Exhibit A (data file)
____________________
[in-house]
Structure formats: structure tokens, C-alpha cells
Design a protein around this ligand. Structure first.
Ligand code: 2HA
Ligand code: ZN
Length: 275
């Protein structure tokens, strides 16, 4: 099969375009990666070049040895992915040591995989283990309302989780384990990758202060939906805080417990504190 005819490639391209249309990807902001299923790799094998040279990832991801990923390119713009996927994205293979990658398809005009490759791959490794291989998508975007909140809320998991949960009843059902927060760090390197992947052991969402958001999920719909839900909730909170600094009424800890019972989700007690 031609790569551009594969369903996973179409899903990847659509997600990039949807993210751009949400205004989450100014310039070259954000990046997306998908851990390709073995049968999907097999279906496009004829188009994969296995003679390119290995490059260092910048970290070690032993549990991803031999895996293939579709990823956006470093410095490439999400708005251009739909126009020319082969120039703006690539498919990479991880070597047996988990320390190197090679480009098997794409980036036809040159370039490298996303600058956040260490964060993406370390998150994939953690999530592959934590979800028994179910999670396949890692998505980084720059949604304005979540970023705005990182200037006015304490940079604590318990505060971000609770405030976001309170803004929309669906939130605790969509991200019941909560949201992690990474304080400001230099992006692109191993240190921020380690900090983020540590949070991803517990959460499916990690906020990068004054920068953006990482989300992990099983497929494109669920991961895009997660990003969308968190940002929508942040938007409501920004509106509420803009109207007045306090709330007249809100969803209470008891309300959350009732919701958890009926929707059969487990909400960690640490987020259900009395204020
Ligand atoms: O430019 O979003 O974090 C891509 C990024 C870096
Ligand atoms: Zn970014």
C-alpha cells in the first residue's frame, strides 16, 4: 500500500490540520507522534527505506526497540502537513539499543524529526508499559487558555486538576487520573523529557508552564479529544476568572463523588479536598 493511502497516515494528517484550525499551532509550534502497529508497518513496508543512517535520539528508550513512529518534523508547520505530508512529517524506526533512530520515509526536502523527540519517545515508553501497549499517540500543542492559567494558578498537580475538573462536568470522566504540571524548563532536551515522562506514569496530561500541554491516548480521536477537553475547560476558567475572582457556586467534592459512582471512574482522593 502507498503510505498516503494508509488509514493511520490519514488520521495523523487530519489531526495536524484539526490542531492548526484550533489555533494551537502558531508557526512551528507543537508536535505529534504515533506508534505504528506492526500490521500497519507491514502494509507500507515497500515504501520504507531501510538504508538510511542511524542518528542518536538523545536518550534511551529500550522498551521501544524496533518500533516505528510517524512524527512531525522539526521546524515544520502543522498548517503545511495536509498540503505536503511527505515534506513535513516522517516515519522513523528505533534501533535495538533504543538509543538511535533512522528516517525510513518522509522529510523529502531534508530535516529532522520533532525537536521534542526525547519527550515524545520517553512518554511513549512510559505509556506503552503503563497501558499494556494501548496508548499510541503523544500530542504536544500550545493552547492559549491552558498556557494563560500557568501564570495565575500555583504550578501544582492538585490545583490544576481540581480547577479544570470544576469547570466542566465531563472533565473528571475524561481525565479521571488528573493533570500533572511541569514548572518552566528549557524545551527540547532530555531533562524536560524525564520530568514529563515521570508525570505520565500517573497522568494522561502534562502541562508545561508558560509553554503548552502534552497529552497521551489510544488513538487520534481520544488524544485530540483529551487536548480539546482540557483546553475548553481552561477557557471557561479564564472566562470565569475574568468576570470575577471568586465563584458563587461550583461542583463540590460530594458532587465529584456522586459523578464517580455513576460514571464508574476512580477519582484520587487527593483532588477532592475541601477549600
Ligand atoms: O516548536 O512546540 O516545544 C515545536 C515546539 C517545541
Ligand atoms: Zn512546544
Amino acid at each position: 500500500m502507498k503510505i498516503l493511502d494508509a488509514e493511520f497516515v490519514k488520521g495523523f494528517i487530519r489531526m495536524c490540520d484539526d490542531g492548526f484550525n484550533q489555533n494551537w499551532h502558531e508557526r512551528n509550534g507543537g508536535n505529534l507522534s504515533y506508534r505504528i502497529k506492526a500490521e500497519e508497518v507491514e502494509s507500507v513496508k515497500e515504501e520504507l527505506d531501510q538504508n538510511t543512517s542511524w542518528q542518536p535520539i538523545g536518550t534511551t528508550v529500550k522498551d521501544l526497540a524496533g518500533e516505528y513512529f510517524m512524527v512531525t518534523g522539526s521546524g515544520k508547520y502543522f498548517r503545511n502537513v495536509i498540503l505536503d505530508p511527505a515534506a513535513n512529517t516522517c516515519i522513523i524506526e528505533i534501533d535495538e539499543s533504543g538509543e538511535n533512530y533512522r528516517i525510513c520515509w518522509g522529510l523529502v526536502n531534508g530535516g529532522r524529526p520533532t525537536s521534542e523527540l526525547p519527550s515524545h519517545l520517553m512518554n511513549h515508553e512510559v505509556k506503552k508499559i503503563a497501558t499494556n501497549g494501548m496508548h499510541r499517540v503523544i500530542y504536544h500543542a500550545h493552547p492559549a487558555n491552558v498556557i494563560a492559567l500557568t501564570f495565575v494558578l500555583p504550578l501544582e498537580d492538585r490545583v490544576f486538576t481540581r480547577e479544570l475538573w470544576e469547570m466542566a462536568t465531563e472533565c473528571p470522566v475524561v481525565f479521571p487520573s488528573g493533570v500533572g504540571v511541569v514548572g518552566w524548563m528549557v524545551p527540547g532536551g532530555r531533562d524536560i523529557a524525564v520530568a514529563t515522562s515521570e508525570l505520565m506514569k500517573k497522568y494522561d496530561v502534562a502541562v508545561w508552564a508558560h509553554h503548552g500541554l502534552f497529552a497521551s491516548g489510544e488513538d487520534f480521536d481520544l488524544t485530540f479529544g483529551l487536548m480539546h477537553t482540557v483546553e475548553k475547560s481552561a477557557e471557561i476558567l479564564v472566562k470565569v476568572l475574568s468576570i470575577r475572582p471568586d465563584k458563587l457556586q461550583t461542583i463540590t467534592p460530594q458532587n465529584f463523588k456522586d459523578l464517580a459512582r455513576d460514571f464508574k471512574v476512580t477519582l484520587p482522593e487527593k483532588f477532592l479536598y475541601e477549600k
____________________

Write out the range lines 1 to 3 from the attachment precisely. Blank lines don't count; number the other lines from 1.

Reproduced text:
[in-house]
Structure formats: structure tokens, C-alpha cells
Design a protein around this ligand. Structure first.